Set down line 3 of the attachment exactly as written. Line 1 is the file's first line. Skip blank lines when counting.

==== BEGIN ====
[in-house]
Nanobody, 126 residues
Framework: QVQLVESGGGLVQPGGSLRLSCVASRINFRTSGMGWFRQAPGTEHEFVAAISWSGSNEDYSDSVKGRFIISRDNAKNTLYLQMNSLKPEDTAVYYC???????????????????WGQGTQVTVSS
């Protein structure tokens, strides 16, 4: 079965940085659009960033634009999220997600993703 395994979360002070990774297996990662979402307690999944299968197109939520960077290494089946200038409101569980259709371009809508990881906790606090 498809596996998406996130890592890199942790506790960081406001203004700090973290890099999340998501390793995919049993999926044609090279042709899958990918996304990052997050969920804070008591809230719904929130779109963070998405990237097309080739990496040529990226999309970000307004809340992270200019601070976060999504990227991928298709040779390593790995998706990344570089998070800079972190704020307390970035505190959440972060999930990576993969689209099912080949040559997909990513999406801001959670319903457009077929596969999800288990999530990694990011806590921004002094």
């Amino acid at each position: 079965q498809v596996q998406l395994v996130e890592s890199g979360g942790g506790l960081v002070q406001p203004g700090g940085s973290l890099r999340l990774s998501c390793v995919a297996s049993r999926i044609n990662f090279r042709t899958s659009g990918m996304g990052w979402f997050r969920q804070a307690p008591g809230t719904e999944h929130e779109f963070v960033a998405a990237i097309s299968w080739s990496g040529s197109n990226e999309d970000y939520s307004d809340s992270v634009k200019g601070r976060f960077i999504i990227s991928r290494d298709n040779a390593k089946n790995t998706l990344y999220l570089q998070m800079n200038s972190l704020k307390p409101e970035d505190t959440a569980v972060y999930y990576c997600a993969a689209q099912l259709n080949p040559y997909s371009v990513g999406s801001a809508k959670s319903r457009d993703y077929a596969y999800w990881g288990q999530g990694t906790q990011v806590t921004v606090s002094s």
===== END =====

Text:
Framework: QVQLVESGGGLVQPGGSLRLSCVASRINFRTSGMGWFRQAPGTEHEFVAAISWSGSNEDYSDSVKGRFIISRDNAKNTLYLQMNSLKPEDTAVYYC???????????????????WGQGTQVTVSS